Halloween pumpkin seeds health benefits

Halloween pumpkin

Wondering what to do with all those seeds hacked from the orange flesh of your halloween pumpkin? You could try eating them, especially if you’re on a low-protein diet or likely to be exposed to the organic solcent carbon tetrachloride (tetrachloromethane)!

According to researchers in South Africa, pumpkin seeds can protect the liver from the harmful effects of protein deficiency and exposure to hepatotoxins such as carbon tet.

The seeds of the pumpkin (Cucurbita pepo) contain a protein that is a potent antioxidant according to SE Terblanche and colleagues at the University of Zululand in KwaDlangezwa.

The researchers tested the effects of protein isolate on blood plasma levels of certain enzymes including catalase, superoxide dismutase, and glutathione peroxidase, and on total antioxidant capacity in the liver of rats fed a low protein diet that were exposed to carbon tetrachloride.

They report that, “From the results of the present study it is concluded that pumpkin seed protein isolate administration was effective in alleviating the detrimental effects associated with protein malnutrition and carbon tetrachloride intoxication.” Terblanche and colleagues explain that this indicates that pumpkin seed protein isolate has powerful antiperoxidative properties.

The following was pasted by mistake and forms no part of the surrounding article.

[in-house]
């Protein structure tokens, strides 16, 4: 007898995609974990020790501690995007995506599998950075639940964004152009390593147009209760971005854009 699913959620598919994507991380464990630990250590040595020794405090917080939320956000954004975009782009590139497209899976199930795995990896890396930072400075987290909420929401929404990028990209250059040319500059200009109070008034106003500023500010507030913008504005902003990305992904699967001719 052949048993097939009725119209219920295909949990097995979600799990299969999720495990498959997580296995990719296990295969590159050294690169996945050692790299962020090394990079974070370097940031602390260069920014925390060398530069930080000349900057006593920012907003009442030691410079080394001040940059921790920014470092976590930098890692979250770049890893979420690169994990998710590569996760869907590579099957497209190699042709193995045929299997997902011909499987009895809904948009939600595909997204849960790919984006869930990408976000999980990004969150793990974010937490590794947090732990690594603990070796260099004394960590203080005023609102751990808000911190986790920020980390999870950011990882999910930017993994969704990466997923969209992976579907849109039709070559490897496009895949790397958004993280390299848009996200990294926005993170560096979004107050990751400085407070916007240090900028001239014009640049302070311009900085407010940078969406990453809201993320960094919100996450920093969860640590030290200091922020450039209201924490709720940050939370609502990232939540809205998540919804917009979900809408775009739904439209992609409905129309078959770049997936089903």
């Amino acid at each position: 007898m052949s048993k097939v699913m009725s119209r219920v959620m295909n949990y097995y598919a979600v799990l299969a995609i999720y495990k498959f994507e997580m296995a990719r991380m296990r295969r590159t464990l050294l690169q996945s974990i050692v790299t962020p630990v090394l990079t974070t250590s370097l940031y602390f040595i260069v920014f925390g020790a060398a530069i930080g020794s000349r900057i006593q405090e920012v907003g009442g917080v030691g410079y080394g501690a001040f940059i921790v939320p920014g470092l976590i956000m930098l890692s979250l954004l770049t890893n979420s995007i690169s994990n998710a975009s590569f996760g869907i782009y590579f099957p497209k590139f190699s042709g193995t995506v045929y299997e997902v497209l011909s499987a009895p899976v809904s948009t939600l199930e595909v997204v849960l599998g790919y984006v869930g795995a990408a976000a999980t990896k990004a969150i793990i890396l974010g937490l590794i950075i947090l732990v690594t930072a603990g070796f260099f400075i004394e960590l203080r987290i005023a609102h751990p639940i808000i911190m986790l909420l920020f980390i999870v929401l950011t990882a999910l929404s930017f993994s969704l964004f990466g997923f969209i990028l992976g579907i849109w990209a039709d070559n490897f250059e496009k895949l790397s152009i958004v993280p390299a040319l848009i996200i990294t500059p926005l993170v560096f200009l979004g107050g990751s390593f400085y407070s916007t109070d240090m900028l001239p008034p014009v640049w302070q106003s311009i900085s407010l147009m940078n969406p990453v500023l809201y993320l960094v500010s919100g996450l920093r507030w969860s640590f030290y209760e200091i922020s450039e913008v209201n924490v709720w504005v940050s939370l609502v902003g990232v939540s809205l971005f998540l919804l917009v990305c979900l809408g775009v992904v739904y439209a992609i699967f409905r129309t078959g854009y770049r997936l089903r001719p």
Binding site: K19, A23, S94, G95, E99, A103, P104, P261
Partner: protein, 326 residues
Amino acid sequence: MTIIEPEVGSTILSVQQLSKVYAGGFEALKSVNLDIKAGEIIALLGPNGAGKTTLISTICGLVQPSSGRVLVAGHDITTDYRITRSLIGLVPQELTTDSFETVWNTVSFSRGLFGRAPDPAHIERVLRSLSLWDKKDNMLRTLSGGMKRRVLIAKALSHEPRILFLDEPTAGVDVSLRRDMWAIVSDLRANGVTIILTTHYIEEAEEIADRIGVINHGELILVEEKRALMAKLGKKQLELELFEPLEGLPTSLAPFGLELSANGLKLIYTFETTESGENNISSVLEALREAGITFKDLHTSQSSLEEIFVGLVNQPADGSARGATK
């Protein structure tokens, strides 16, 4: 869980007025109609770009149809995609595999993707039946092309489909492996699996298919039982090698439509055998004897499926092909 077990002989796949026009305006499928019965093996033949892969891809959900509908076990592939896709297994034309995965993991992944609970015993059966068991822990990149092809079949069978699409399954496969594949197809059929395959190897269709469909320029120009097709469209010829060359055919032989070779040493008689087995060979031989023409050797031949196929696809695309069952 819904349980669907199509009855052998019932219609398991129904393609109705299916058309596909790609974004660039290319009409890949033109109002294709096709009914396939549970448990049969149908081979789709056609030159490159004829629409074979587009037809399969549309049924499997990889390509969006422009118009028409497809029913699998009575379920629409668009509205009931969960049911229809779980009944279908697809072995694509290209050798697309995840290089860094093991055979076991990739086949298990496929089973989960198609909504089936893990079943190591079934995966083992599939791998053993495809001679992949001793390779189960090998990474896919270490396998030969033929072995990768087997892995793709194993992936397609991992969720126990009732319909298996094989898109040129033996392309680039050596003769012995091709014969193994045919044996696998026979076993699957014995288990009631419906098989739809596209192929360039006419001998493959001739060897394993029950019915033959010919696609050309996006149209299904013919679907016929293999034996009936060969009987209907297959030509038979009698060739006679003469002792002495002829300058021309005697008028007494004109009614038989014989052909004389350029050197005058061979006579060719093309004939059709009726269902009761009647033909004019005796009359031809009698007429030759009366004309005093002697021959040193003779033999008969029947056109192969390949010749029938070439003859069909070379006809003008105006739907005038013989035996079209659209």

Details of the research appears in the November issue of the journal Phytotherapy Research, 2006, 20(11), 935-940.

Of course, swallowing a handful of pumpkin seeds is not really going to provide adequate protection against ingestion of carbon tetrachloride, so please don’t make it a Halloween chaser.

5 thoughts on “Halloween pumpkin seeds health benefits”

  1. Is it true that Halloween Pumpkin Seeds contains antioxidants? Then it must be a good news for those people who are pro-anti aging.

  2. A paper just out in the journal Indian J Exp Biol. 2008 Sep;46(9):639-45 entitled “Effect of ripe fruit pulp extract of Cucurbita pepo Linn. in aspirin induced gastric and duodenal ulcer in rats.” by Sarkar S, Buha D. of the S.N. Pradhan Centre for Neurosciences, University of Calcutta 244B, A.J.C. Bose Road, Kolkata 700 020, India, claims benefits in stomach ulcer of C pepo

    “A significant decrease in alkaline phosphatase (AP) activity and mucosal thickness and increase in ulcer index (UI) was observed in aspirin treated stomach and duodenum of albino rats. However, pretreatment with C. pepo fruit pulp extract for 14 consecutive days showed increase in AP activity and mucosal thickness along with decrease in UI, suggesting gastroduodenal protective and anti-ulcerogenic properties of C. pepo.”

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